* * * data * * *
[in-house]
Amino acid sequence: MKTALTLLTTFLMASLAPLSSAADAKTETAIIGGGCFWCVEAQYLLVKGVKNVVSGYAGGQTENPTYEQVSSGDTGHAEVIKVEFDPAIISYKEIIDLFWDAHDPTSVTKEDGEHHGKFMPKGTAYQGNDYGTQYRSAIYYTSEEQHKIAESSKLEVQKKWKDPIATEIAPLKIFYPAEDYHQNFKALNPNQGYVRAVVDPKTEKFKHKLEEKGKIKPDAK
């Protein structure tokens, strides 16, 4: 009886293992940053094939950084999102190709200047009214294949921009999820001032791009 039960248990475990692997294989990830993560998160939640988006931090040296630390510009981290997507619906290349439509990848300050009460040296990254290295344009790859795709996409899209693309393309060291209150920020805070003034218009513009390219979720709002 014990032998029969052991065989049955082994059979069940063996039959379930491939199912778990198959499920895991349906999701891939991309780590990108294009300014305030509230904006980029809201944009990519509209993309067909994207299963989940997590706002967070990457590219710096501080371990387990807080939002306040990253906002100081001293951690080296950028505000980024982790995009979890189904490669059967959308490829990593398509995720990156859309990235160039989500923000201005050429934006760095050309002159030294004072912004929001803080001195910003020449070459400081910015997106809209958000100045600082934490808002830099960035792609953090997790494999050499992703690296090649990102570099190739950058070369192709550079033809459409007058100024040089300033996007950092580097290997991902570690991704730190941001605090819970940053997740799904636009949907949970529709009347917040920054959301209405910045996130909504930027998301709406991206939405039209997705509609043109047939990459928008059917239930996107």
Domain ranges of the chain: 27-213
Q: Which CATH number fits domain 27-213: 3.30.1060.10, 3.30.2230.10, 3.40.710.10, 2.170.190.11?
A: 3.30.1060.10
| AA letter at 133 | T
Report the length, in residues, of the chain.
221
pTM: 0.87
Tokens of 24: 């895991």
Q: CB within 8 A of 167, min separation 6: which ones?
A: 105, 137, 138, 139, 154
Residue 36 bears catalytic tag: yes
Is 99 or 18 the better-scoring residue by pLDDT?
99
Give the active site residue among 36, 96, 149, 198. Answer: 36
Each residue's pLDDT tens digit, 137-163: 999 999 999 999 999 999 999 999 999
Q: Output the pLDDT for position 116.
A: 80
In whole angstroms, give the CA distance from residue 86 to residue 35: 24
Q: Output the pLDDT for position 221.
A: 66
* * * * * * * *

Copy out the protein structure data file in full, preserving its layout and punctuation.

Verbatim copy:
[in-house]
Amino acid sequence: MKTALTLLTTFLMASLAPLSSAADAKTETAIIGGGCFWCVEAQYLLVKGVKNVVSGYAGGQTENPTYEQVSSGDTGHAEVIKVEFDPAIISYKEIIDLFWDAHDPTSVTKEDGEHHGKFMPKGTAYQGNDYGTQYRSAIYYTSEEQHKIAESSKLEVQKKWKDPIATEIAPLKIFYPAEDYHQNFKALNPNQGYVRAVVDPKTEKFKHKLEEKGKIKPDAK
């Protein structure tokens, strides 16, 4: 009886293992940053094939950084999102190709200047009214294949921009999820001032791009 039960248990475990692997294989990830993560998160939640988006931090040296630390510009981290997507619906290349439509990848300050009460040296990254290295344009790859795709996409899209693309393309060291209150920020805070003034218009513009390219979720709002 014990032998029969052991065989049955082994059979069940063996039959379930491939199912778990198959499920895991349906999701891939991309780590990108294009300014305030509230904006980029809201944009990519509209993309067909994207299963989940997590706002967070990457590219710096501080371990387990807080939002306040990253906002100081001293951690080296950028505000980024982790995009979890189904490669059967959308490829990593398509995720990156859309990235160039989500923000201005050429934006760095050309002159030294004072912004929001803080001195910003020449070459400081910015997106809209958000100045600082934490808002830099960035792609953090997790494999050499992703690296090649990102570099190739950058070369192709550079033809459409007058100024040089300033996007950092580097290997991902570690991704730190941001605090819970940053997740799904636009949907949970529709009347917040920054959301209405910045996130909504930027998301709406991206939405039209997705509609043109047939990459928008059917239930996107």
Domain ranges of the chain: 27-213
Q: Which CATH number fits domain 27-213: 3.30.1060.10, 3.30.2230.10, 3.40.710.10, 2.170.190.11?
A: 3.30.1060.10
| AA letter at 133 | T
Report the length, in residues, of the chain.
221
pTM: 0.87
Tokens of 24: 């895991």
Q: CB within 8 A of 167, min separation 6: which ones?
A: 105, 137, 138, 139, 154
Residue 36 bears catalytic tag: yes
Is 99 or 18 the better-scoring residue by pLDDT?
99
Give the active site residue among 36, 96, 149, 198. Answer: 36
Each residue's pLDDT tens digit, 137-163: 999 999 999 999 999 999 999 999 999
Q: Output the pLDDT for position 116.
A: 80
In whole angstroms, give the CA distance from residue 86 to residue 35: 24
Q: Output the pLDDT for position 221.
A: 66